If I were to catalogue all of the things I could live without seeing, Brendan Fraser in a 700-pound fat suit masturbating furiously to gay porn would have to be somewhere on the top of that list. Yet here we are. I’ve seen it. And it’s all because I saw The Whale, the new drama starring Fraser and directed by Darren Aronofsky (Requiem for a Dream, Black Swan), which doesn’t even wait two minutes before presenting us with this scene. Sadly, things don’t get more pleasant after that.
The whole film takes place in one location: a brown, dingy, dilapidated apartment made even more confining by the cinematography, which is presented in the boxy 4:3 academy ratio. Windows only seem to let gray gloom in, and the soundtrack is all ominous, drawn out, atonal strings. You’re meant to feel like a prisoner, just like the main character, Charlie (Fraser), a 700-pound man who can barely move around his broken-down apartment.
This movie is built to punish.
With its singular location and characters that seem to intrude onto a set rather than naturally enter a scene, The Whale is clearly based on a play with little or no effort given to disguising its origins. This begs the question, do these origins have to be disguised? In this case, I would say yes, absolutely. What works on the stage, in the theater, where artifice is inescapable, does not necessarily work on the big screen which has stronger ties to the illusion of reality.
It’s difficult to get swept up in the story and characters when everything looks real, but the characters and their actions are so theatrical. Charlie is supposed to be a shut in with only one friend, Liz (played with perfect caustic affection), yet characters keep somehow popping up in less and less plausible ways in his apartment to keep the narrative going. If Charlie can’t go out into the world, the world will have to come to him, apparently, even if it doesn’t make much sense.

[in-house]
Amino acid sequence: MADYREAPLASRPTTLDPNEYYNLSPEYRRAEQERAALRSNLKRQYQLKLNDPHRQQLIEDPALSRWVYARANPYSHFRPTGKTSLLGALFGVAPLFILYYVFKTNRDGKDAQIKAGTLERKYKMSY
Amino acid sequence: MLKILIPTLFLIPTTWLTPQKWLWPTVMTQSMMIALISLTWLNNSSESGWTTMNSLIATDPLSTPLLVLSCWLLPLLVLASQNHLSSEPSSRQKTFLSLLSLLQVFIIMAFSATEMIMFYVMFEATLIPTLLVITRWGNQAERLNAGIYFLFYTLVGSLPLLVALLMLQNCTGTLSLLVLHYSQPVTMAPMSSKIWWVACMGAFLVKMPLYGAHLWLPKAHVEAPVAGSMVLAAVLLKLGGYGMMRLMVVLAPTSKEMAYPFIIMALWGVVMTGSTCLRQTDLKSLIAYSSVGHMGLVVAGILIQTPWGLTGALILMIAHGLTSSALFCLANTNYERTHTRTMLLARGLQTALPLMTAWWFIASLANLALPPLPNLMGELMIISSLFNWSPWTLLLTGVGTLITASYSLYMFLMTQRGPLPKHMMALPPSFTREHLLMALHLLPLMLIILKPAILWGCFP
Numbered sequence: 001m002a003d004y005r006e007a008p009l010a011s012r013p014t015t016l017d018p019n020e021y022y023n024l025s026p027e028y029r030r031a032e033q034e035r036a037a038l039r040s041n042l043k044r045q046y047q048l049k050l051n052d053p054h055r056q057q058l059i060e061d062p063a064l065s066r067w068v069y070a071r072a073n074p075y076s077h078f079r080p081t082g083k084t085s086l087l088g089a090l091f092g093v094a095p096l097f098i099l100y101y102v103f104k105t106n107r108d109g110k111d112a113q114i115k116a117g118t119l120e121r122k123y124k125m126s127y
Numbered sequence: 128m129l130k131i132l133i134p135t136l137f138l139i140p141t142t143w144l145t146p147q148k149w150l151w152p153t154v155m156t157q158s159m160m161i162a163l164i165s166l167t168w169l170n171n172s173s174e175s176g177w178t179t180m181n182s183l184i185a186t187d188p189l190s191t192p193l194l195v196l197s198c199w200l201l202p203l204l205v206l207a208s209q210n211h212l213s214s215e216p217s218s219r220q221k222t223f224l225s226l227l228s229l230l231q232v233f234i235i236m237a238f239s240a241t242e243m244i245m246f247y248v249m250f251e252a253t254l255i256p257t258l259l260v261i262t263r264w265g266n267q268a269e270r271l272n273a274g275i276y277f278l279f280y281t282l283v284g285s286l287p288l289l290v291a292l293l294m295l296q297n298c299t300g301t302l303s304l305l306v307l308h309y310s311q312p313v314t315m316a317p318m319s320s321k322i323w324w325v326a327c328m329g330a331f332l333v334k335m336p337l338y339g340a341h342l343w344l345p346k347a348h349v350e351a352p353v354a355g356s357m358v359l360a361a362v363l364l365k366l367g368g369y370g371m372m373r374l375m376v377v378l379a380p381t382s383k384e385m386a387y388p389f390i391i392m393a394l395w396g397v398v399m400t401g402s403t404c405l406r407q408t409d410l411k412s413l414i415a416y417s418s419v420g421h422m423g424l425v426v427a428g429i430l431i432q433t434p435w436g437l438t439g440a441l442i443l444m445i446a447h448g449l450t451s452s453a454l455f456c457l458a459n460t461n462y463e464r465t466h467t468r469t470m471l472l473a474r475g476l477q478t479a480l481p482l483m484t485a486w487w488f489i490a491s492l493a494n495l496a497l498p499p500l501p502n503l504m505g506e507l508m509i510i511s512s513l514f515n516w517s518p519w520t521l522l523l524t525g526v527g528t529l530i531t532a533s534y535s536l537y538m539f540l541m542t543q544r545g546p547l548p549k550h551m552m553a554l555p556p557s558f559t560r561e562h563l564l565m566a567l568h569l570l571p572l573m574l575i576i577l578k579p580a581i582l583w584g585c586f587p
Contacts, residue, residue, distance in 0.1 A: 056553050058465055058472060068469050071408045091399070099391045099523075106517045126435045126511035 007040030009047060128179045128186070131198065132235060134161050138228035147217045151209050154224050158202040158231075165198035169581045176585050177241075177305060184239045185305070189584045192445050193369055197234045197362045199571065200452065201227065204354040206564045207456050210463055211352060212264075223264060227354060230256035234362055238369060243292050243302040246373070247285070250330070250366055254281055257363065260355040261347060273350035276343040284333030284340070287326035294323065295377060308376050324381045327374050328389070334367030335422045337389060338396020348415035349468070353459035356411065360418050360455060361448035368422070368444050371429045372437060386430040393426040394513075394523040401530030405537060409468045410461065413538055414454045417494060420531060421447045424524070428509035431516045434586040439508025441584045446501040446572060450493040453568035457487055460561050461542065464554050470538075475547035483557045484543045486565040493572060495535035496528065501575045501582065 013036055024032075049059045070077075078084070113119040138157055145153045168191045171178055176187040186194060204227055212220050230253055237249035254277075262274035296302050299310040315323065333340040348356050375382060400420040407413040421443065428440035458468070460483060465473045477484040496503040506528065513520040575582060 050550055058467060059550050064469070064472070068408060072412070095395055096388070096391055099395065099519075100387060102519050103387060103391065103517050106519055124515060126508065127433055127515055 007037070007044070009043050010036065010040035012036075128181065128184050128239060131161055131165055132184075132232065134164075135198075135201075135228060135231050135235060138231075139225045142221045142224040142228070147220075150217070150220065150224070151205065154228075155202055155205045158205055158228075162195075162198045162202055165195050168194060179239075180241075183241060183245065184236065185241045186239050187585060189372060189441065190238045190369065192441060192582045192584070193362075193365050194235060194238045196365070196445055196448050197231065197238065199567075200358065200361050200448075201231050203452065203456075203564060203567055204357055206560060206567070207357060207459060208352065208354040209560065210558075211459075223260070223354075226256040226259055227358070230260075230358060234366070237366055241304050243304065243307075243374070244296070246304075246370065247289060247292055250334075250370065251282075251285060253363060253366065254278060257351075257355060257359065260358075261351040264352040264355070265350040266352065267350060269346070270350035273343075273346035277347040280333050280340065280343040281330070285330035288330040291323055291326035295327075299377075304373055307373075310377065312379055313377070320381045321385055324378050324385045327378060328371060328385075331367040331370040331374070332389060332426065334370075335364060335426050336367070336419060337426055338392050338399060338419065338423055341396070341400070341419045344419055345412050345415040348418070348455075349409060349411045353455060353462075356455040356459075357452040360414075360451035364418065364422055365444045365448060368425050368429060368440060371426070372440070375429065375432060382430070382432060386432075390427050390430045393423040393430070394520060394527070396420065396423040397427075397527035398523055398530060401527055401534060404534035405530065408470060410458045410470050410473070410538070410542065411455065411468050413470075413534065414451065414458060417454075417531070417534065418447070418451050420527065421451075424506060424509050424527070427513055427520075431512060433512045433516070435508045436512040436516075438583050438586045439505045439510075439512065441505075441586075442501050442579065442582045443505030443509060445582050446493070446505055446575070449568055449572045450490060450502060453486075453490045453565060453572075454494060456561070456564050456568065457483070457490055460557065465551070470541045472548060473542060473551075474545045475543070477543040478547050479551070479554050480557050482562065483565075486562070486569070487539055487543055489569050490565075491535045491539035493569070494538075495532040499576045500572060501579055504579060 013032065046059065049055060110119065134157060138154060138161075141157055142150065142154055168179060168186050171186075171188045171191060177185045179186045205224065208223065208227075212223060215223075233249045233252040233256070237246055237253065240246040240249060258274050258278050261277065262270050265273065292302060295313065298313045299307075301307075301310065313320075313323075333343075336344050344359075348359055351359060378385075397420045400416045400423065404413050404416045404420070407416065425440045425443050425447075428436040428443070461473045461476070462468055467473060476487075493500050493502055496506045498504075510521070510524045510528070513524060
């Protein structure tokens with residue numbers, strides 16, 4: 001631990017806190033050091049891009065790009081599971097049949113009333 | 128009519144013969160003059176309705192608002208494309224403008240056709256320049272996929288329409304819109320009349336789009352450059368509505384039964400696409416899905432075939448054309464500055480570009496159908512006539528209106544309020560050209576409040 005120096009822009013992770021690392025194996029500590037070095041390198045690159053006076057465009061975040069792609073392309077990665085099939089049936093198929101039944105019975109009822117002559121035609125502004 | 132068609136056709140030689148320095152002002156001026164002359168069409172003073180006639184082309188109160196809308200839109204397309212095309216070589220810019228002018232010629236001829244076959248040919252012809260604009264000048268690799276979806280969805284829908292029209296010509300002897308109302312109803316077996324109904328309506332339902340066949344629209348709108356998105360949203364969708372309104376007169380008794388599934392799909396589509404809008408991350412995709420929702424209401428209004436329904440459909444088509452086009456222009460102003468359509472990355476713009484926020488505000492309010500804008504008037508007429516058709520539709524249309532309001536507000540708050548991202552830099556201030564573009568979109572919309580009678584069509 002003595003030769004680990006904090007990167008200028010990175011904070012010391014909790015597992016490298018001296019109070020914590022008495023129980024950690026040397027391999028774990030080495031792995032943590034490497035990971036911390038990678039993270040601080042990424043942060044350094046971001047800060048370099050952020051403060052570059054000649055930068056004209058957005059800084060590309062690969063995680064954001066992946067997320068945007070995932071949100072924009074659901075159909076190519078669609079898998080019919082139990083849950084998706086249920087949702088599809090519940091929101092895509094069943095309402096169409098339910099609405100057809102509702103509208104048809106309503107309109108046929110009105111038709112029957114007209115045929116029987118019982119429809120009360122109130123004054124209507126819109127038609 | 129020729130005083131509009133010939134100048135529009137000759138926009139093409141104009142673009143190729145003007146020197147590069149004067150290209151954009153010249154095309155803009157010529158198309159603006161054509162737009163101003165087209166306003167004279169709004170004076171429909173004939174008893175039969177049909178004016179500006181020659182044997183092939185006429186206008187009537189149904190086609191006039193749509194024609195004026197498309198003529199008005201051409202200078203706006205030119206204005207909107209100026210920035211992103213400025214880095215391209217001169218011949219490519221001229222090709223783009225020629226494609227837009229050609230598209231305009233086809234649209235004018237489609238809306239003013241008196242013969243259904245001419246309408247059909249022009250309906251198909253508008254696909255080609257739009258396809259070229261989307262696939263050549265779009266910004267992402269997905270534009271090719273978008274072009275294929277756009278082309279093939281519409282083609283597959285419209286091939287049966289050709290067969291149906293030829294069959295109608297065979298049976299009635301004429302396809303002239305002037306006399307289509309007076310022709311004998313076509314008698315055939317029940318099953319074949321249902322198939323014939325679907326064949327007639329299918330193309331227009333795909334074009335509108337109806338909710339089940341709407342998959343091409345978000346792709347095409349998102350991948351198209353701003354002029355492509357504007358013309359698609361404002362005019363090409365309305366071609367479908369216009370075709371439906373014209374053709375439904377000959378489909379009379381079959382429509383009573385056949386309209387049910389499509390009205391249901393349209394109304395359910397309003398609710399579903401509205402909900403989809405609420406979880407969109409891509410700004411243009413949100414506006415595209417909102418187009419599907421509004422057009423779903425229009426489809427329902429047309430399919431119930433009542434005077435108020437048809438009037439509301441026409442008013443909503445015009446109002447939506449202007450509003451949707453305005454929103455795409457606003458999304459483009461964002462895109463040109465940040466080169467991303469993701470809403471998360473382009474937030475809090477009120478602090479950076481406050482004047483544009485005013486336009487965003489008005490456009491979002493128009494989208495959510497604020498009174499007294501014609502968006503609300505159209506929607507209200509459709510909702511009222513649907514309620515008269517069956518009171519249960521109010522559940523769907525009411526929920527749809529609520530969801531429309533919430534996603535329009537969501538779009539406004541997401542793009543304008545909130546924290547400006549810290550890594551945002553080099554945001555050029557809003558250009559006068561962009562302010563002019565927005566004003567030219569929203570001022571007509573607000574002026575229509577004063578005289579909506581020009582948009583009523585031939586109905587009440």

The movie morphs from one long scene of dialogue between two characters at a time to the next. If more than two characters appear, the script finds ways to whittle it down to two again, sometimes at the expense of credibility. When Charlie’s daughter, Ellie (Sadie Sink who does angry teenager in her sleep), needs a scene alone with Thomas (Ty Simpkins, whose existence in the film never seems to be justified beyond the need for a character who can bring up religion), she drugs Charlie with Ambien so he’s sleeping in the background while they get to have a lengthy tête-à-tête in the apartment.
If there’s one thing that saves The Whale, and I can’t believe I’m saying this, it’s Brendan Fraser.
No, my disbelief is not grounded in a hatred for the actor, who is a reliably charming and welcome presence in cinema. Rather, it’s my loathing for performances that “uglify” a handsome actor in hopes of getting awards attention. It’s the ultimate in vanity when an actor seems to say, “look how horrible my normally beautiful self looks, won’t you give me an Oscar?” But darn it, even though that’s basically what’s happening here, Brendan Fraser pulls it off. Fraser’s eyes exude pathos and understanding. He oozes a need to portray extreme obesity realistically rather than to mock it.
I’m not sure if the movie itself is that understanding. True, an obesity sensitivity trainer is credited, but Darren Aronofsky does not shy away from showing the horrors of extreme obesity, whether it’s dramatic music cues underpinning Charlie’s difficulty doing things we take for granted like walking down a hallway, or the heavy thudding bass sounds that emphasize his weight. Maybe the director is simply using the tools at his disposal to express the seriousness of Charlie’s condition. But whenever I feel like being that generous, all I have to do is look at the movie’s title. Yes, the titular whale does refer to Moby Dick, which is the subject of a child’s essay that Charlie is obsessed with, but really, we know to whom it actually refers.